The modern senses were all around in Early Modern English, but Shakespeare's dominant use is "wild, excitable".
Boyet calls the ladies "mad wenches" (Love's Labour's Lost, II.i.243), and in The Two Noble Kinsmen Emilia describes men as "mad things" (II.i.180) and the Taborer addresses his fellows as "mad boys" (III.v.24).
The modern American sense is heard in Henry VI Part 3, when the Queen taunts York: "Thou shouldst be mad" (I.iv.89). And the modern sense of "crazy, weird" is used by Arcite when he asks Palamon "Is't not mad lodging,Here in the wild woods" (The Two Noble Kinsmen, III.iii.22).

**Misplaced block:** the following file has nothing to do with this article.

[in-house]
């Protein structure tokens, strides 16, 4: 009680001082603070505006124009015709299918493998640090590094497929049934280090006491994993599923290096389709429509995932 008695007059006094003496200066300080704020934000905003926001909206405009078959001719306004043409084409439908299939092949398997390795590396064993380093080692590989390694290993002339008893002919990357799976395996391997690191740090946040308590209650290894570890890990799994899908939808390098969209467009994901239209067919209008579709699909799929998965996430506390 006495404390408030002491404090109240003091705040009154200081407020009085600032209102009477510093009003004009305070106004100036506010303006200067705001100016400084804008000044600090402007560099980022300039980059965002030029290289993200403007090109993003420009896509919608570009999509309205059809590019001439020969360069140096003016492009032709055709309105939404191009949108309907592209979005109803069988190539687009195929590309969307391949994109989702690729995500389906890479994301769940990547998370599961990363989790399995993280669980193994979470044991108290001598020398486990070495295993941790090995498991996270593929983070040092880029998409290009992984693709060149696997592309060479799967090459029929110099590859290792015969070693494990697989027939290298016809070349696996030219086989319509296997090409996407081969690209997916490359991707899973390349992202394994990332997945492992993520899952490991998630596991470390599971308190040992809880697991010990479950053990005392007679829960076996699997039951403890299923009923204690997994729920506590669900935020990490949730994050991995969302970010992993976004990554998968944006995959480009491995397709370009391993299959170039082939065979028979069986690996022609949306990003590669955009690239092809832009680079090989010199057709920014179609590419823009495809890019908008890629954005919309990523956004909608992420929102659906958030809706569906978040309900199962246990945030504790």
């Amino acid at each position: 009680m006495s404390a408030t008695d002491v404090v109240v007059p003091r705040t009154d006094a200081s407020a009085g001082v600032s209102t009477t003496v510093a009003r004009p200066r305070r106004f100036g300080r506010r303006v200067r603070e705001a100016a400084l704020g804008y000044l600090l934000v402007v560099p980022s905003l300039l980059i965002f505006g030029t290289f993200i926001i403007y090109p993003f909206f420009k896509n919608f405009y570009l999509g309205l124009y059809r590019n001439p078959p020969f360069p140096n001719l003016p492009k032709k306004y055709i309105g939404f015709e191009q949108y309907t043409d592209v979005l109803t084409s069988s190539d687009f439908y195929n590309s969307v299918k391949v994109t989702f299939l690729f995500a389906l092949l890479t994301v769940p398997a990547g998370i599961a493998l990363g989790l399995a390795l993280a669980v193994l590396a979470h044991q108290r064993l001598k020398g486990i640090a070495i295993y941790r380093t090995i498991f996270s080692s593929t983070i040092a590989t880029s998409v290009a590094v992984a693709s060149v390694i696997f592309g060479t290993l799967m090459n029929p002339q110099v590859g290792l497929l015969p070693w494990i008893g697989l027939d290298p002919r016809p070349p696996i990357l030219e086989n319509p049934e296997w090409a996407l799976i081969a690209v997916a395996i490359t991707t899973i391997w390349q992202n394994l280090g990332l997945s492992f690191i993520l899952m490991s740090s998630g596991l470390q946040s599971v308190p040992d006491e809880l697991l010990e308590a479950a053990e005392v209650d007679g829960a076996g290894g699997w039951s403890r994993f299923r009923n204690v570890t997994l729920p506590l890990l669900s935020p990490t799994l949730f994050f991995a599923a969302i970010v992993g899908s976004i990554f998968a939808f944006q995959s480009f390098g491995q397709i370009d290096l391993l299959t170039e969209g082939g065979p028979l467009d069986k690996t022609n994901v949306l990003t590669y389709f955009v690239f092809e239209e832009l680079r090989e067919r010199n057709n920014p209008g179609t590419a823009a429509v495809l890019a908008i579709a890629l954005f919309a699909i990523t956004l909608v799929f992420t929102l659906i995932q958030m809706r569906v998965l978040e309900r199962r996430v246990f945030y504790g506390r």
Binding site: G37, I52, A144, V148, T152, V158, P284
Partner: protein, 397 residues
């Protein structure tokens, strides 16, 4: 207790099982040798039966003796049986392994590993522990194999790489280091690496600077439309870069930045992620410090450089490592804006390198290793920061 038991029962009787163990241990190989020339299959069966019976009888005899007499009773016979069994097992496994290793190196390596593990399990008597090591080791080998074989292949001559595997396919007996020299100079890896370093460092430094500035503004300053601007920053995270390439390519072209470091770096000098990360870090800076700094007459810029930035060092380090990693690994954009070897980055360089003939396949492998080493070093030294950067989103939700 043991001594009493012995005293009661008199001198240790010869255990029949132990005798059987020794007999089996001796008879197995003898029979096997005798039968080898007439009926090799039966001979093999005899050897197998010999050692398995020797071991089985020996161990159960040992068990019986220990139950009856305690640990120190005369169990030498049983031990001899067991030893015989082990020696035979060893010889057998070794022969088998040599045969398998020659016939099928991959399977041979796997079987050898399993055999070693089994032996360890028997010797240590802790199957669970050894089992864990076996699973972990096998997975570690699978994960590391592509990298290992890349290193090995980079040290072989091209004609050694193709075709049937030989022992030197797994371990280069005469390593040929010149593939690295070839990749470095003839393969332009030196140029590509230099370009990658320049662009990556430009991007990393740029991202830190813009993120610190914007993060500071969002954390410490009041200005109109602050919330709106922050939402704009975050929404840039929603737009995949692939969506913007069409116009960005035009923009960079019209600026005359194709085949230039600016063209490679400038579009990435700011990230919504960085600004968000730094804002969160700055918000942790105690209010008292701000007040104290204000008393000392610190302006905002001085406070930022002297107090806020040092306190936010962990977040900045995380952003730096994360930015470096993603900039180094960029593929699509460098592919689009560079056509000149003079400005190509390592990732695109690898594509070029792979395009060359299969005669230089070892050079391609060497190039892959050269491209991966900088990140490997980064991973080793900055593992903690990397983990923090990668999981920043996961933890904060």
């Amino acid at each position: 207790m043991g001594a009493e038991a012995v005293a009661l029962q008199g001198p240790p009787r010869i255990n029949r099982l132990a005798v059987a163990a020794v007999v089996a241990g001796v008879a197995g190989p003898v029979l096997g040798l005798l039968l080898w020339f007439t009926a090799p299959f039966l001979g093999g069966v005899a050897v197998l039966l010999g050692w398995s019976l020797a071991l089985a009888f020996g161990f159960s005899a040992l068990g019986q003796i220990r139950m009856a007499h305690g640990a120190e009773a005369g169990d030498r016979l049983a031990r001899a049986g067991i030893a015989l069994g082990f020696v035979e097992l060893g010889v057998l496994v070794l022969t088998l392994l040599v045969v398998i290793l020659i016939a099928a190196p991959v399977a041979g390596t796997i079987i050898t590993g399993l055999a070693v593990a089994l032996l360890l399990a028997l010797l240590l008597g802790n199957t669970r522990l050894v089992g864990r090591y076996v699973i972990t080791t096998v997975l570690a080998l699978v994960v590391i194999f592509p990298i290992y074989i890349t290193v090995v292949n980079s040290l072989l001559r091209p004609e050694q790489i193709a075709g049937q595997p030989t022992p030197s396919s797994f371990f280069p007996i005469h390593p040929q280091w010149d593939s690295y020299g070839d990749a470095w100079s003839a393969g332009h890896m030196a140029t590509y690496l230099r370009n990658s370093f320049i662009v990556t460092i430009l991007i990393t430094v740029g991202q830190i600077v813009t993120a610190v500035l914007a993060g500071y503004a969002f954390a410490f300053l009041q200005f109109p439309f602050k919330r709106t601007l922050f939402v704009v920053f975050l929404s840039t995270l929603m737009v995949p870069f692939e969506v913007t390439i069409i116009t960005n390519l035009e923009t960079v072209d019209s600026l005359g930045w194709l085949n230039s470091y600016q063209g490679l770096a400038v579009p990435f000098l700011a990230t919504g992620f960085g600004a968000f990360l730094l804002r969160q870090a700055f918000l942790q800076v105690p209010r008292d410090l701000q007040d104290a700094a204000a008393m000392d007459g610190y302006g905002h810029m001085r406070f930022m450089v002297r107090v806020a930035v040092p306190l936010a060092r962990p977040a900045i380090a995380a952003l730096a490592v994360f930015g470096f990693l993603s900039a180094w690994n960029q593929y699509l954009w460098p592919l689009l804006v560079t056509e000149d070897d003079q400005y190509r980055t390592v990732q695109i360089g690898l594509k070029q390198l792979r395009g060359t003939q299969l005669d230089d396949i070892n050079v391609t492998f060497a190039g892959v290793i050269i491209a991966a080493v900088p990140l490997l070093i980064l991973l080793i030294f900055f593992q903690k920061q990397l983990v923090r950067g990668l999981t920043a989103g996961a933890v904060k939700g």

The one usage which is no longer current is found in Othello, when Desdemona talks of her mother's maid: "he she loved proved mad" (IV.iii.26). Here the meaning is "wild", but with the important implication of "faithless, inconstant".
* David Crystal is author, with Ben Crystal, of Shakespeare's Words, published by Penguin. A subscription website is available at www.shakespeareswords.com